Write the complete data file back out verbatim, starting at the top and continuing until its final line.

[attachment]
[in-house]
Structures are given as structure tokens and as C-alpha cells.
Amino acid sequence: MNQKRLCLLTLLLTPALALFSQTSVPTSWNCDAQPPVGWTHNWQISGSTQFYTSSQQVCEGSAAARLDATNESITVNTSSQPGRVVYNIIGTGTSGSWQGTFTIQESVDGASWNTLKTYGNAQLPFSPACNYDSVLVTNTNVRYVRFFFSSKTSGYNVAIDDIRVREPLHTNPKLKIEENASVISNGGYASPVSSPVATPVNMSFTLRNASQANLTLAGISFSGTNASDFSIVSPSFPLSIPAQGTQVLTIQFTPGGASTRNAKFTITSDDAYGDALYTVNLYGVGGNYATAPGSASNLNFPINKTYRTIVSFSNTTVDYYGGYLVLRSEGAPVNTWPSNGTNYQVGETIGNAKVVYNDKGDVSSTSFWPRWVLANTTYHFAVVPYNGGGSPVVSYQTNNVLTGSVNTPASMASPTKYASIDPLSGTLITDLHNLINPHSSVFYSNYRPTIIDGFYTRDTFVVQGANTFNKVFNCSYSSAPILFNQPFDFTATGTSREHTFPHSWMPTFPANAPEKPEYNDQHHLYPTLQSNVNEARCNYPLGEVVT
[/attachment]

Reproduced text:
[in-house]
Structures are given as structure tokens and as C-alpha cells.
Amino acid sequence: MNQKRLCLLTLLLTPALALFSQTSVPTSWNCDAQPPVGWTHNWQISGSTQFYTSSQQVCEGSAAARLDATNESITVNTSSQPGRVVYNIIGTGTSGSWQGTFTIQESVDGASWNTLKTYGNAQLPFSPACNYDSVLVTNTNVRYVRFFFSSKTSGYNVAIDDIRVREPLHTNPKLKIEENASVISNGGYASPVSSPVATPVNMSFTLRNASQANLTLAGISFSGTNASDFSIVSPSFPLSIPAQGTQVLTIQFTPGGASTRNAKFTITSDDAYGDALYTVNLYGVGGNYATAPGSASNLNFPINKTYRTIVSFSNTTVDYYGGYLVLRSEGAPVNTWPSNGTNYQVGETIGNAKVVYNDKGDVSSTSFWPRWVLANTTYHFAVVPYNGGGSPVVSYQTNNVLTGSVNTPASMASPTKYASIDPLSGTLITDLHNLINPHSSVFYSNYRPTIIDGFYTRDTFVVQGANTFNKVFNCSYSSAPILFNQPFDFTATGTSREHTFPHSWMPTFPANAPEKPEYNDQHHLYPTLQSNVNEARCNYPLGEVVT